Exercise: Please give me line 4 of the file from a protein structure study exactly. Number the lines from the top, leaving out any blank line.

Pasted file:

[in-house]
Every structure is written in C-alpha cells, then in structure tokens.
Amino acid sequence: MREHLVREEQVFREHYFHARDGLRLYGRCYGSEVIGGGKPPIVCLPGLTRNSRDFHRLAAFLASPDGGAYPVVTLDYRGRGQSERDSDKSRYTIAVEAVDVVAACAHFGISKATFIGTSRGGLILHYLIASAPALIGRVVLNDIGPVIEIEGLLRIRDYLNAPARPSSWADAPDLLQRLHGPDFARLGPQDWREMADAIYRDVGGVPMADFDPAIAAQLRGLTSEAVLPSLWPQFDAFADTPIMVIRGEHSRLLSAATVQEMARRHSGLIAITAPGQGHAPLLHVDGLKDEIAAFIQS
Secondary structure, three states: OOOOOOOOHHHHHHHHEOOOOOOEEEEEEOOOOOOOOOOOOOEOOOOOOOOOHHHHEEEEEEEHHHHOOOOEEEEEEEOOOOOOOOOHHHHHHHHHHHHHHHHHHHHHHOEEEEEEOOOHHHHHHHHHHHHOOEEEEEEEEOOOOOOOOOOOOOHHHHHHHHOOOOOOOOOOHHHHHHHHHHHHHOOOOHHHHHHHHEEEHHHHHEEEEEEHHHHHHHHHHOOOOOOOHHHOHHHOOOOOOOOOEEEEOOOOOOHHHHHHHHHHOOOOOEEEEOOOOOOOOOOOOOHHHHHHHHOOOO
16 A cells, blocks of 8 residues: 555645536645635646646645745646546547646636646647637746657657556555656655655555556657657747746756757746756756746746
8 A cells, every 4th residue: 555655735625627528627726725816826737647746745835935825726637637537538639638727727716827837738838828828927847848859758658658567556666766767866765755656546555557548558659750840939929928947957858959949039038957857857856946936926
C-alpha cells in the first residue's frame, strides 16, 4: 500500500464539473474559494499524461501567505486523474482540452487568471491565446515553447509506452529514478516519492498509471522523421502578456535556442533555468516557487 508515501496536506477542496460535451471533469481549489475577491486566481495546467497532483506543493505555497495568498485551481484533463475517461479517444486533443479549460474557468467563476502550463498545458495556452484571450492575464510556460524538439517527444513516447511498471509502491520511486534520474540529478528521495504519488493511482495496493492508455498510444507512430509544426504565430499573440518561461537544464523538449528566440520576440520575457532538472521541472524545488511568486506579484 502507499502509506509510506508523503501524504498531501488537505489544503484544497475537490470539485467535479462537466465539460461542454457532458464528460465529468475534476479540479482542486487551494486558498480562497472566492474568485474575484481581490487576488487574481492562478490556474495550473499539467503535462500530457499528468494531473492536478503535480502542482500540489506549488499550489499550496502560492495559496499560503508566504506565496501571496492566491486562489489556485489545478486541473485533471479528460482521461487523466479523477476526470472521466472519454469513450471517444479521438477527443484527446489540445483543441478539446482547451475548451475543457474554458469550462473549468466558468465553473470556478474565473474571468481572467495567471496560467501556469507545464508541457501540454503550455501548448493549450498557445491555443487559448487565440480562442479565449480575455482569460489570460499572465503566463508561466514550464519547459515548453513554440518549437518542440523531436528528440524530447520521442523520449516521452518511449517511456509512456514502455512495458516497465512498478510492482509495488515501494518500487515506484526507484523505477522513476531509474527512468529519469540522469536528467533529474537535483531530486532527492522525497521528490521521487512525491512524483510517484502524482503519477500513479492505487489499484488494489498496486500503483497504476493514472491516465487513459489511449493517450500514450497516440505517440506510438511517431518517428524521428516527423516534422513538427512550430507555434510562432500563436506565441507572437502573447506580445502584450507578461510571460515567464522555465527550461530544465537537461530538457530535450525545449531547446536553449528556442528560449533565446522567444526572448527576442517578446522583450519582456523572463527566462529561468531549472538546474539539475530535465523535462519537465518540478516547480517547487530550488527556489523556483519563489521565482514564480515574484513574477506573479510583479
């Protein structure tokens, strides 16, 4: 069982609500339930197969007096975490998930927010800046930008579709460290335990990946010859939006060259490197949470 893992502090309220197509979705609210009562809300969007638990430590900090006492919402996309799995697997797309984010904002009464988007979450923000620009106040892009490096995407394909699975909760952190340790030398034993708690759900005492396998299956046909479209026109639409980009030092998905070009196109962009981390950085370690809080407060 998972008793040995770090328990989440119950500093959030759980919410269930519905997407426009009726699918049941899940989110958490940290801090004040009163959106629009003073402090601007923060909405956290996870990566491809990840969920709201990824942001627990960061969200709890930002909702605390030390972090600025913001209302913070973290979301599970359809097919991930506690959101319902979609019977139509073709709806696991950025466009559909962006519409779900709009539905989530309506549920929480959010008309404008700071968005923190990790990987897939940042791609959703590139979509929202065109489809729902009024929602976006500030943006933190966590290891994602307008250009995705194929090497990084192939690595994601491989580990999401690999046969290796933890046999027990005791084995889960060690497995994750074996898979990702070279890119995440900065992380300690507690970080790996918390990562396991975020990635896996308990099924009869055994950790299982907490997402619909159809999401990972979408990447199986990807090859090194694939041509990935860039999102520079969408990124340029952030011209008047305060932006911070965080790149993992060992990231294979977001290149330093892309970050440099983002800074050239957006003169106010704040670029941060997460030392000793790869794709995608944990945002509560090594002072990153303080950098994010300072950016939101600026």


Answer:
Secondary structure, three states: OOOOOOOOHHHHHHHHEOOOOOOEEEEEEOOOOOOOOOOOOOEOOOOOOOOOHHHHEEEEEEEHHHHOOOOEEEEEEEOOOOOOOOOHHHHHHHHHHHHHHHHHHHHHHOEEEEEEOOOHHHHHHHHHHHHOOEEEEEEEEOOOOOOOOOOOOOHHHHHHHHOOOOOOOOOOHHHHHHHHHHHHHOOOOHHHHHHHHEEEHHHHHEEEEEEHHHHHHHHHHOOOOOOOHHHOHHHOOOOOOOOOEEEEOOOOOOHHHHHHHHHHOOOOOEEEEOOOOOOOOOOOOOHHHHHHHHOOOO